For reasons to be explained, this series of minerals has spawned a vast
literature. But happily for most of us, the essentials can be sifted rather
The way the books often present the subject is with a triangle. So let’s
try that. At the top we may visualize potassium (K, for kalium, the original
name); at the lower left-hand corner we’ll put Na (for sodium) and at the
right hand corner put Ca, for calcium.
The sides of the triangle represent percentages so for example as one moves
from the Na corner to the Ca corner we assume zero Na to 100% Ca. This side
represents the most important ones for general use, though strictly, this happy
simplicity is confounded by the fact that the mixture of Na (AlSi3O8)
dubbed Ab (for albite) to Ca (Al2Si2O8)
dubbed An (for anorthite) is continuous.
As for the pointy end of the diagram it’s usually labeled Or for
orthoclase, formula K (ALSi3O8).
Further confusion is injected by the effects of pressure and temperature of
formation which changes the crystal structure, though a lump of say the
potassium feldspar orthoclase may look like a lump of the potassium feldspar
But have heart, dear readers, all is not obfuscation (?).
The series Ab to An has been arbitrarily sectioned off into six handy blocks
depending on the Na (Ab) to Ca (An) content. Ready? – albite, oligoclase,
andesine, labradorite, bytownite and anorthite. Ab used here stands for albite,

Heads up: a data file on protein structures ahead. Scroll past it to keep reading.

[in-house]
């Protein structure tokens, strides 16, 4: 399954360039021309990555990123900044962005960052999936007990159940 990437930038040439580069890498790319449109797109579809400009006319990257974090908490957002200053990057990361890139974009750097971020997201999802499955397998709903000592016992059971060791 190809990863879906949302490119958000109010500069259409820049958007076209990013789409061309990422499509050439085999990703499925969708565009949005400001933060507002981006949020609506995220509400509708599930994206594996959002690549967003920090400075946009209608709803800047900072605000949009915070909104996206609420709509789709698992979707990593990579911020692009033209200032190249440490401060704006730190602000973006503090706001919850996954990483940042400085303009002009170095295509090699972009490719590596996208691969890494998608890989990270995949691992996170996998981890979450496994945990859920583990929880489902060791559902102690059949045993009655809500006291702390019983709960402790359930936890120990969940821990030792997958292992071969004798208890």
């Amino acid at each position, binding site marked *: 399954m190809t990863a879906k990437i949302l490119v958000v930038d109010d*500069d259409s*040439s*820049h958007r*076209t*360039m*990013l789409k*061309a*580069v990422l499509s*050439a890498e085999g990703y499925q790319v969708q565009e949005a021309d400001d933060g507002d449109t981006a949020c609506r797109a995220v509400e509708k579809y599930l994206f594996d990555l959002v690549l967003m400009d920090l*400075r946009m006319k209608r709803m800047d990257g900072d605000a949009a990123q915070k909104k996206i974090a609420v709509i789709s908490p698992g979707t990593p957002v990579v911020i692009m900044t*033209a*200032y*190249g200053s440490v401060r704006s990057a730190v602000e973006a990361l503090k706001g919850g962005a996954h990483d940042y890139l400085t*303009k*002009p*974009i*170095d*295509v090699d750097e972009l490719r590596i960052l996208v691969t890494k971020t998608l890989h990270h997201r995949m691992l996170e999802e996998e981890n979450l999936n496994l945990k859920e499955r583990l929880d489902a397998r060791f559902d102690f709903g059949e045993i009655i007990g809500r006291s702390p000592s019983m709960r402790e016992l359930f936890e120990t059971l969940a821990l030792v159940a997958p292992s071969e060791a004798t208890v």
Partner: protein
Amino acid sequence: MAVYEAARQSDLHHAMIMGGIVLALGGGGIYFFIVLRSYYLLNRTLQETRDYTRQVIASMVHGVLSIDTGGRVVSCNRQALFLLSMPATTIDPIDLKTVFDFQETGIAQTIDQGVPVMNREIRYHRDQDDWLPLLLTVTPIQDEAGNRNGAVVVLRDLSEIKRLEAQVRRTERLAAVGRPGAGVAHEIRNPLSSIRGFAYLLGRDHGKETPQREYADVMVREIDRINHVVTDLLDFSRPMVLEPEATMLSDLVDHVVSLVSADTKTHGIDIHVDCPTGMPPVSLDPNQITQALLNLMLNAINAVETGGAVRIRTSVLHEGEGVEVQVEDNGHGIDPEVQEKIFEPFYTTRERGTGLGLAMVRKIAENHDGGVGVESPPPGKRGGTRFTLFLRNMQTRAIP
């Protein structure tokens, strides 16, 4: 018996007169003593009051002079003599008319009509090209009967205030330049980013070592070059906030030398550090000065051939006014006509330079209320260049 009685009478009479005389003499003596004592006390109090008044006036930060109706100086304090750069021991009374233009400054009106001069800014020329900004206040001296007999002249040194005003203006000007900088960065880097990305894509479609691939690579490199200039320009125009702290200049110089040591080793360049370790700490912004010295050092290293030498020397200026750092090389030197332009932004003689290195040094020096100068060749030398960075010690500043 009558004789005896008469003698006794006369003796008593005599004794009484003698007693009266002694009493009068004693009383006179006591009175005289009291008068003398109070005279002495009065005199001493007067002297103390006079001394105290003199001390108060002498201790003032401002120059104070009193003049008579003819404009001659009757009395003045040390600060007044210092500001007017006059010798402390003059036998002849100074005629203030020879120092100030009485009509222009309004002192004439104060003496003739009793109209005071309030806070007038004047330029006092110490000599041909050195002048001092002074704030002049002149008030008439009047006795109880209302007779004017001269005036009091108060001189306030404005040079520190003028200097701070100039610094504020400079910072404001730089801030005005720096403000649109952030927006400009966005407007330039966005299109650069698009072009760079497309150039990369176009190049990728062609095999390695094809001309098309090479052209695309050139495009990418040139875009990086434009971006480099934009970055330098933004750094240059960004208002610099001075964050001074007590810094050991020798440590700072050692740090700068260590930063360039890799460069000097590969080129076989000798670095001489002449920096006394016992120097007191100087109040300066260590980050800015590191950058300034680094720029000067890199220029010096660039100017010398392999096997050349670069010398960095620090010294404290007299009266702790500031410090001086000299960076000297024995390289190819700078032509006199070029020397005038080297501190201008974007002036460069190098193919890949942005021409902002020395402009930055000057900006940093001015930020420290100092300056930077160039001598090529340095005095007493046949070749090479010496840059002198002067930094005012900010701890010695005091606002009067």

a white feldspar rich in sodium (Na). An is used to represent the calcium-rich
feldspar called anorthite, dark gray to black.
How to tell them? Tough in the field but generally a clue is color; the more
Na (Ab) the lighter the color; the more Ca (An), the darker. And one,
labradorite is famous as building stone for its silky blue sheen in a gray mass.
Potassium feldspars – orthoclase and microcline – are generally
flesh-to-salmon pink, have very good cleavage and, if green, the microcline kind
makes a nice gemstone as amazonite.
As for those "big six" above, they are lumped together as plagioclases.
So you see there is a way out of this mess!
Uses? Not many considering their abundances. Mostly microcline and orthoclase
are used in ceramic glazes and mild abrasives in cleaners (H6 on Mohs scale).
Kaolin, a valuable white clay may form when feldspars decay and most soil clays
owe their origin to feldspars.
Now the good news.
The test announced for tomorrow on feldspars has been cancelled indefinitely.
Life is not all gloom!